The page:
U.S. Kids Rank 47 out of 50 on World Fitness Level
Fitness news is not looking good for U.S. kids. An international research team that studied and ranked the aerobic fitness level of children from 50 countries found that U.S. kids are at the back of the pack.
The results, published in the British Journal of Sports Medicine in September 2016, are the largest study to date on worldwide fitness levels among children. Kids who are aerobically fit tend to be healthier, and healthy children are more likely to grow up to be healthy adults. So looking at aerobic fitness in kids on a worldwide scale can help to provide important information. If there are countries where kids are aerobically fit, they can provide insights and help other countries to improve fitness levels.
The study used the 20 meter shuttle test (beep test) and collected data from 1.1 million kids ages 9 to 17 years old, from 50 countries. The beep test is a well-accepted field test that is commonly used around the world to test a child’s aerobic fitness capacity.
The top five “fittest countries” included: Tanzania, Iceland, Estonia, Norway and Japan
Canada placed 19 out of 50* ** The United States placed 47 out of 50**
Boys were found to outperform girls, and the best performances were from children who lived in Africa and Central-Northern Europe. These countries typically have kids who run, walk, or bike to school. Countries from South America fared worst, possibly due to socio-economic variables that may affect the health of the children. Country-specific income inequality correlated to less optimal aerobic performance.
So how do we explain the poor performance of children from the U.S., one of the richest nations in the world?
Kids in the U.S. sit all day long. They are consumed from a very young age by tech devices and media opportunities. Unfortunately, some parents expose their children to television programming and iPad play at very young ages, and these moments can set kids up to want more and more time sitting and watching and playing. Television can also become a “babysitter.”
The American Academy of Pediatrics (AAP) felt compelled to release new digital media guidelines to parents of young children. The AAP recognized that children under age 3 were spending too much time watching television and using devices like iPads. Viewing time translates into sedentary time. This sitting time increases as kids move into middle school and teen years. So it’s not surprising that our kids have scored low on aerobic fitness tests. They’re not moving a whole lot!!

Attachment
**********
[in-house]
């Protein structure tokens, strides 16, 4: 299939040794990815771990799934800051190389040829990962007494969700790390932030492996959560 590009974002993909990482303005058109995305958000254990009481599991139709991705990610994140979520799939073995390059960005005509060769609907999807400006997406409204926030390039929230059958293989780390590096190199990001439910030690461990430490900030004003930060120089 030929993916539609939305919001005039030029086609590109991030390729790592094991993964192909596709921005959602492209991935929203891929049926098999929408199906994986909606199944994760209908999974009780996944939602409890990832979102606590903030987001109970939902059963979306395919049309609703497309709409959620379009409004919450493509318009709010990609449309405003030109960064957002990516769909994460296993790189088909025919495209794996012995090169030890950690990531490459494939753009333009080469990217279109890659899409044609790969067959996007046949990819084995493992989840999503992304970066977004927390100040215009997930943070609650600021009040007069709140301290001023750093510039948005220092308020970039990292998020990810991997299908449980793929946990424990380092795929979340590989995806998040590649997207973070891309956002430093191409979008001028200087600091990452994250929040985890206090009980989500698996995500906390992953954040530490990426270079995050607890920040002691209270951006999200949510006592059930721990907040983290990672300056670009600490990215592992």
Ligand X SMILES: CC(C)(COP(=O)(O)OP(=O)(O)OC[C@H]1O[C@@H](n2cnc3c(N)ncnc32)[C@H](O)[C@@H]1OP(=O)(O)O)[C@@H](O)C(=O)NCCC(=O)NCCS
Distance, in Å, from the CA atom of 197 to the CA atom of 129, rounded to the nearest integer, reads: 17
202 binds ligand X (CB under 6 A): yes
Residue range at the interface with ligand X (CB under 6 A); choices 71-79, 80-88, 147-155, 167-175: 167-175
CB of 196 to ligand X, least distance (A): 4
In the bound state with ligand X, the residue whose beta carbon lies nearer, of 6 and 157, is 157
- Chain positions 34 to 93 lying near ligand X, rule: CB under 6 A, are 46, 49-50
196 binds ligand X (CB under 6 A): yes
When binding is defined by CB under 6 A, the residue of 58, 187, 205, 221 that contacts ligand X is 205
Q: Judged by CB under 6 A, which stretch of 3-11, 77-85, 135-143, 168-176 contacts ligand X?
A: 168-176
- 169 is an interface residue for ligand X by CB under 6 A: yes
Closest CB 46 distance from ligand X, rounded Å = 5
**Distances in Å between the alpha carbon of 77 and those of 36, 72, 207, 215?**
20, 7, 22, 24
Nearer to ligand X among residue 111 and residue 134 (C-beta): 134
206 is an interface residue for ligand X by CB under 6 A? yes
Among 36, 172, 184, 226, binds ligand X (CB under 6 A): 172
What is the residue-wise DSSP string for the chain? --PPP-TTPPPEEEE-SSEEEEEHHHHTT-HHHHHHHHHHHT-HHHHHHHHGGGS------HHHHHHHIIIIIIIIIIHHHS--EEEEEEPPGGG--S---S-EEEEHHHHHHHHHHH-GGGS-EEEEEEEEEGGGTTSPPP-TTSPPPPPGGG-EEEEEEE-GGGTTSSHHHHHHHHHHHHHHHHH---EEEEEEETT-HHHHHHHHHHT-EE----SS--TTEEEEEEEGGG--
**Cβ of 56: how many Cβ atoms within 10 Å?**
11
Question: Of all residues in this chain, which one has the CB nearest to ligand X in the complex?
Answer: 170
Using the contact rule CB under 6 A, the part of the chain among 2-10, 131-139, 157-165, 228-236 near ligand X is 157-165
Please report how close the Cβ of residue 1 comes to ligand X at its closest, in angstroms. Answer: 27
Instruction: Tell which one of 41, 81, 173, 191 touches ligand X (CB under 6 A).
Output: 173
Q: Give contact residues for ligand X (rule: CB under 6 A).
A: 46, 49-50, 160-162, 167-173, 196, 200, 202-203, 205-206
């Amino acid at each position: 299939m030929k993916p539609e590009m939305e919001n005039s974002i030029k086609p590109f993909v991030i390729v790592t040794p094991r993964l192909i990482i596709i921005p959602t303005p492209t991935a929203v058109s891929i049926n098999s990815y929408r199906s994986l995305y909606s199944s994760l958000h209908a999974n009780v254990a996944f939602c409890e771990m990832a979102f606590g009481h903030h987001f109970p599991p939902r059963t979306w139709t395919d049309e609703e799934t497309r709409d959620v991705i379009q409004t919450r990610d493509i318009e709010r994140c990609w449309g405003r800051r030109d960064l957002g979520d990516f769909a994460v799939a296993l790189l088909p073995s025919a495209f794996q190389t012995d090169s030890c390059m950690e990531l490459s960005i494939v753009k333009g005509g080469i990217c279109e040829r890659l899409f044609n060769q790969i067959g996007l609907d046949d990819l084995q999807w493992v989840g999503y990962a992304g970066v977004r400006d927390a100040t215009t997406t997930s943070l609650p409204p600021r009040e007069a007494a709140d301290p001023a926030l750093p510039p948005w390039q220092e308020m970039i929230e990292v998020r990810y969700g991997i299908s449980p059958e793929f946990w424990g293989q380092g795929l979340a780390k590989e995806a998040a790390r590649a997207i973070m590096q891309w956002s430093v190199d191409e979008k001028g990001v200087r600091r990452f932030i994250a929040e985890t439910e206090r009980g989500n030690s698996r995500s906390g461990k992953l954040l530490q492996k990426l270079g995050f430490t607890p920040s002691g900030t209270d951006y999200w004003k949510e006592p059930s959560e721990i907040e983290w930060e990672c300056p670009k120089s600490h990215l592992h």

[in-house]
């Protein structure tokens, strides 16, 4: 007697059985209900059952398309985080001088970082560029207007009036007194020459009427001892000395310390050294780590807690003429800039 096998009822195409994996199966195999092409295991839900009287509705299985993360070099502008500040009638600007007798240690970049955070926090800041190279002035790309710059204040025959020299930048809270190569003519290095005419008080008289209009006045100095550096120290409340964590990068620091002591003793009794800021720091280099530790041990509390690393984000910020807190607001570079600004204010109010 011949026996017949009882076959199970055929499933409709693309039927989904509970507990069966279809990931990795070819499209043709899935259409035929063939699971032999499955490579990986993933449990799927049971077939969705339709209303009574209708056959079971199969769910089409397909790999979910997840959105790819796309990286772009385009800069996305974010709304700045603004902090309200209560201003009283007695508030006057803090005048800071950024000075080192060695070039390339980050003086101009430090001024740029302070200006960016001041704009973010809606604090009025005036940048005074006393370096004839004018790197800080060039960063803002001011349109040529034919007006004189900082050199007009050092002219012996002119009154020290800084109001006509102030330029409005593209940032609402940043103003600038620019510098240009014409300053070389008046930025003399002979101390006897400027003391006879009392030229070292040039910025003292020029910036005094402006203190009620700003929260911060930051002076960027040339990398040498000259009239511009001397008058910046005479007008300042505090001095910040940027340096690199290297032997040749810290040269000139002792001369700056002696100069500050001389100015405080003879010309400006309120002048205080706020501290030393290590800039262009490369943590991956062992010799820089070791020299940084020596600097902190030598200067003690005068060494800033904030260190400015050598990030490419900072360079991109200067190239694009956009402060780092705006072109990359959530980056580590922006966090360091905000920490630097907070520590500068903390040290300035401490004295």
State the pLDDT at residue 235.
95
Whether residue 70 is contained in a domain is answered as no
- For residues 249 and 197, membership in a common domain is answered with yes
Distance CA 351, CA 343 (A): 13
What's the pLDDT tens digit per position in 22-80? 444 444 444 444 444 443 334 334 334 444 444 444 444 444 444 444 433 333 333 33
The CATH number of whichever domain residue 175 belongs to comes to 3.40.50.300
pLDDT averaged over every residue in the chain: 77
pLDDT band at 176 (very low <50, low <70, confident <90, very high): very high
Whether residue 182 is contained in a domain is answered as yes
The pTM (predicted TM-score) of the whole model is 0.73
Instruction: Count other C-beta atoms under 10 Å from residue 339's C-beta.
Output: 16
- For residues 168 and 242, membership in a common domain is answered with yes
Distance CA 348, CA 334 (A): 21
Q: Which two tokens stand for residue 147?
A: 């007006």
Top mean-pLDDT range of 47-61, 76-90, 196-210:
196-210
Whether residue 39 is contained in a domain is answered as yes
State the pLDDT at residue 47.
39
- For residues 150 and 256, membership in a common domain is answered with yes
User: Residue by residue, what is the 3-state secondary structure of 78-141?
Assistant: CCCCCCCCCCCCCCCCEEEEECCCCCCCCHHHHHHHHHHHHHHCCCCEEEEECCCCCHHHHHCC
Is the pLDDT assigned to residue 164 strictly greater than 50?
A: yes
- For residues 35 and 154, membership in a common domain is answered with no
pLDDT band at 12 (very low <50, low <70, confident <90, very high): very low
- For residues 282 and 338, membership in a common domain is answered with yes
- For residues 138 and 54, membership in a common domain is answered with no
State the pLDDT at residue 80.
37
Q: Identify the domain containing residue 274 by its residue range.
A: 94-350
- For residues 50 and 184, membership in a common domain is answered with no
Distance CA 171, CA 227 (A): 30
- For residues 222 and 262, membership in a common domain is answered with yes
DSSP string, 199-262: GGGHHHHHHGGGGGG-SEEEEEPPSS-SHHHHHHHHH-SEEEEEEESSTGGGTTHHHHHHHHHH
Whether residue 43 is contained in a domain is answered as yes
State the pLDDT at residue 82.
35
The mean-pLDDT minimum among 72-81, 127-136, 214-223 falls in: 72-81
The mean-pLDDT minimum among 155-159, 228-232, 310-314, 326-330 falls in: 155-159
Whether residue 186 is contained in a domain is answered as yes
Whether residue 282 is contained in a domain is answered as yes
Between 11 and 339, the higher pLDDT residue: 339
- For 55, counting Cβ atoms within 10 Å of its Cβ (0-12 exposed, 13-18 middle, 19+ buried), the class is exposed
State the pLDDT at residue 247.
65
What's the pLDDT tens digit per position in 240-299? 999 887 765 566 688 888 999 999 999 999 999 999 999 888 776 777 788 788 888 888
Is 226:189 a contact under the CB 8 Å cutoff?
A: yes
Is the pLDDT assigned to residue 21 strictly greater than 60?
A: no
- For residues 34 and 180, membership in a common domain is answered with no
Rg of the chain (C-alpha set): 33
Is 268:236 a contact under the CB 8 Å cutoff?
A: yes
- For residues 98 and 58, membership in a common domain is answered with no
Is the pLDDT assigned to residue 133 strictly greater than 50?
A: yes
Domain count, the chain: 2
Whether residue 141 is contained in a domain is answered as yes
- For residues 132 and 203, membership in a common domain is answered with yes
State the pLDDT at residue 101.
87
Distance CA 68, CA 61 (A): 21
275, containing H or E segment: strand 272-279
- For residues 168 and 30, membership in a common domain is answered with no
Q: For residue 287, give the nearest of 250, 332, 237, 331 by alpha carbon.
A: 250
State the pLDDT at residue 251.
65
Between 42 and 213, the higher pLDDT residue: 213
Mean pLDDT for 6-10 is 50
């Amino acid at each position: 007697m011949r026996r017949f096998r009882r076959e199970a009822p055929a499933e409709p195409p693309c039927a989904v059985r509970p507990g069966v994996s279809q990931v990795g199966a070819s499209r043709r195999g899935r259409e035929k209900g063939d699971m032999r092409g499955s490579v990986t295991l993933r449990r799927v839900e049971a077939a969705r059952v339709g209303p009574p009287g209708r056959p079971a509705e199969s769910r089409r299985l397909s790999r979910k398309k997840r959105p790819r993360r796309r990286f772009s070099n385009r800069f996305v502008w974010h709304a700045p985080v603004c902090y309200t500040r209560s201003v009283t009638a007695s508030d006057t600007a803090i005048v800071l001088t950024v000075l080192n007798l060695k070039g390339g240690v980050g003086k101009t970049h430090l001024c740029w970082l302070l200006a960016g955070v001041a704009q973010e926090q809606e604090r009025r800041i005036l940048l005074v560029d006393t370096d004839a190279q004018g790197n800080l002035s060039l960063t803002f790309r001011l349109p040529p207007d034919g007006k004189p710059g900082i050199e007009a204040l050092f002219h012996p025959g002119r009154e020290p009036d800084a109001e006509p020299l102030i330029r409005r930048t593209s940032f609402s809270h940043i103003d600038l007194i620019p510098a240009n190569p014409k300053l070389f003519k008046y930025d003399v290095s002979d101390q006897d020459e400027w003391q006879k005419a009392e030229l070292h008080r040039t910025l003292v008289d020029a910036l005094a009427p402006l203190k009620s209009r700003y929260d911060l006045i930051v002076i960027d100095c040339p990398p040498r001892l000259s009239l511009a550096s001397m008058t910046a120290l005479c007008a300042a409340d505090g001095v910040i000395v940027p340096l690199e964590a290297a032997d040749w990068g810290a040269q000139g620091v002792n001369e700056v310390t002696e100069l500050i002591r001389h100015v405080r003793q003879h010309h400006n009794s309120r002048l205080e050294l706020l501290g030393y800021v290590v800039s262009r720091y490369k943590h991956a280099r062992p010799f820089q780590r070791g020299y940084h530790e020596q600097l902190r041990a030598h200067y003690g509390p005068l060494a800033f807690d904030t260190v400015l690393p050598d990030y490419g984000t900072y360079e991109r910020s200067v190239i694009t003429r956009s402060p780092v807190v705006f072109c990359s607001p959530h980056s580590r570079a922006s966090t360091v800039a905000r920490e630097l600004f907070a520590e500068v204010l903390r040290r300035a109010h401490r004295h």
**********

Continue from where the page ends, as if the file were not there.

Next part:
There is less physical education in schools as well, so kids are mostly sitting during the school day. Most kids don’t ride bikes or walk to school here in the U.S. Many neighborhoods are not safe for afterschool outdoor play. In households where both parents work, kids typically come home from school and do homework and then play video games or use social media for hours.
U.S. child and adult obesity rates are also among the highest in the world, and rates have not leveled off. Kids with weight issues tend to shy away from sports, which puts them at risk of being aerobically challenged.
Results from this survey should be a wake-up call for parents and public health officials. Lack of fitness in childhood is a risk factor for poor aerobic fitness in adulthood. Alone and combined with obesity, it’s also a risk factor for a higher risk of developing prediabetes, Type 2 diabetes, heart disease, and other health conditions.
Here are some tips to help get your kids moving and enjoying fitness:
Make it a family affair: Parents need to talk the talk and walk the walk, as in exercise to set an example for their kids.
Make it fun: Kids respond to fun activities so make exercise all about fun in their young years.
Have them try different sports at a young age: From Little League baseball to neighborhood soccer, provide your kids at a very young age (boys and girls) access to different types of play.
Encourage playtime after school before kids start their homework: It’s important for kids to exercise after sitting for so many hours at school. They will also focus better on their homework if they “work off pent up energy.”
Make it a competition: Most kids love to compete so let them win small prizes or accumulate points towards a special treat (non-food).
Find moments to talk about the benefits of movement and exercise: Young children can easily understand the “Popeye” affect that exercise has on their bodies and brain so take opportunities to highlight the benefits.
Move during TV ads: If you have kids exercise, dance, or get up and move around during the advertisement moments, they will accumulate a good amount of physical activity while watching 30 or 60 minutes of a program.
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